First published by Grolsch FilmWorks
Ana (Ona Casamiquela) is part of a new generation of Spaniards – a Fine Arts student struggling to make ends meets as the recession hits hard, and resentful of the parents who, post-Franco, had it easier. Her sometime boyfriend Alex (Jesús Caba) is similarly cash-strapped, sharing a small house with four other guys and making money on the side from drug dealing. In order to raise the 1000 Euros she needs for a post-graduation trip, Ana applies for babysitting work in the elegantly furnished apartment of Diamantina (Luisa Gavasa) – a piano-playing prodigy from the early 1960s who has since become an eccentric collector of dolls and plants. Minding Diamantina’s ‘special’ daughter Elisa (Ana Turpin) may well be the last job that Ana ever takes, as these two young women prove even further apart than impoverished Ana and her affluent peers.
Intergenerational strife lies at the heart of Juanra Fernández’s twisted tale For Elisa (Para Elisa), with some class conflict thrown in for good measure. We see it in the phone conversation about money that Ana has with her mother at the film’s beginning, signed off angrily with the words “Fuck off!” And we see it again in the even more dysfunctional mother-daughter relationship between Diamantina and Elisa, with Diamantina not just continuing to live in her own decades-old memories of childhood but also unnaturally infantilising Elisa and horrifically objectifying any other young women she ensnares who “still smell like new.” There is even, towards the end, an ominous vignette involving a similarly overprotective father and his daughter (who happens to share Ana’s name). Somewhere in all this we see Mother Spain yearning nostalgically for better days and older values that can only be relived at the expense of the young.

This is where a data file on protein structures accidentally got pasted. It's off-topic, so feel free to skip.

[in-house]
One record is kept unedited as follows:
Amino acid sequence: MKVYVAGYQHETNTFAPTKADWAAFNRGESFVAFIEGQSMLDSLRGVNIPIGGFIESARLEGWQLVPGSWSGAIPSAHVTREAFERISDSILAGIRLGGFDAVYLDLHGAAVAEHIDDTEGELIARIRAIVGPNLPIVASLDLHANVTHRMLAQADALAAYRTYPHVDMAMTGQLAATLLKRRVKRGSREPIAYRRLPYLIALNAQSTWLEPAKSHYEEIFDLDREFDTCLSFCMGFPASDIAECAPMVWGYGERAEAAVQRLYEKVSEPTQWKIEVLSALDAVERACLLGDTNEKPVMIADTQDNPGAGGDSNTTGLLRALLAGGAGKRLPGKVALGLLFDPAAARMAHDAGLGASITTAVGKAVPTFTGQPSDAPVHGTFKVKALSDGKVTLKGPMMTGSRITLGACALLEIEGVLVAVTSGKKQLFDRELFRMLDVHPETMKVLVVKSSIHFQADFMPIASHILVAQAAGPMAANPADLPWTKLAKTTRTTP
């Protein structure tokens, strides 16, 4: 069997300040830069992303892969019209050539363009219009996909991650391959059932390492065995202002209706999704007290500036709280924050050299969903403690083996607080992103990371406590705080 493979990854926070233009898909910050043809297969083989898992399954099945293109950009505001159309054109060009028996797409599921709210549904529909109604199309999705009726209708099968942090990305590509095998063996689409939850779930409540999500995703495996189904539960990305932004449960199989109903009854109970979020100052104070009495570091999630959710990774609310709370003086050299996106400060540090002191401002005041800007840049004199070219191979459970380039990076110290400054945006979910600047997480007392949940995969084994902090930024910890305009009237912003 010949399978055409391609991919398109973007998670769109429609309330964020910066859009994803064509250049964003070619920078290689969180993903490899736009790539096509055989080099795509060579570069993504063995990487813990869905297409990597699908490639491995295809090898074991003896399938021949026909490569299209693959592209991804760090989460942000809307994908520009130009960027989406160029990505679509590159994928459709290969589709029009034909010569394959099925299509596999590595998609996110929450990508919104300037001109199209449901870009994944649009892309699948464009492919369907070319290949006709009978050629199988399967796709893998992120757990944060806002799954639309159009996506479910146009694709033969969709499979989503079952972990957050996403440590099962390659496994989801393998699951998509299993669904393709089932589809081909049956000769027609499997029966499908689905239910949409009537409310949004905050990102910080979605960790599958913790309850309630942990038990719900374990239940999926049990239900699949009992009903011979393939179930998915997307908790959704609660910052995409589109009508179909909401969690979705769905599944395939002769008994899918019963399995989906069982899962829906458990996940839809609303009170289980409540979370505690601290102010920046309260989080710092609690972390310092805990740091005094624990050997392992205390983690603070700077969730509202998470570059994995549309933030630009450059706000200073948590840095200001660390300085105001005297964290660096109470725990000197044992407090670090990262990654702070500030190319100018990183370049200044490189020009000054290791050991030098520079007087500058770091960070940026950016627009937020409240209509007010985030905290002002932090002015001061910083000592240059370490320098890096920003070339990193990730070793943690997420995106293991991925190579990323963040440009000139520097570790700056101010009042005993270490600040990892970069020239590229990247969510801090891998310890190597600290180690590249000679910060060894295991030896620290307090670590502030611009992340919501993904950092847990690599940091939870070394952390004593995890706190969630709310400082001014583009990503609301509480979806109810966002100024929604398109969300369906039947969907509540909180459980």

This being a genre film, Ana’s very contemporary predicament is converted to Misery-style thrills, as Diamantina’s oppressive apartment becomes the setting for some grotesquely girlish games with real, live toys. The mode of fairytale gothic is expertly rendered in the apartment set, which seems more time-capsule than living space – a doll’s house hermetically sealed from historical realities. Yet if Fernández gets the atmosphere creepily right, the story itself feels padded, with much of the relatively brief duration filled out by Alex’s frantic search for Ana (including not one but two visits to the police station). The lack of narrative economy suggests that For Elisa might have worked better as a short film. As for the title, referencing the piece Für Elise that Diamantina plays to calm her traumatised daughter, it just goes to prove the principle, already well established in A Clockwork Orange (1971), Class of 1984 (1982) and The Great Ecstasy of Robert Carmichael (2005), that a cultured love of Beethoven need not preclude a propensity towards a bit of the old ultraviolence.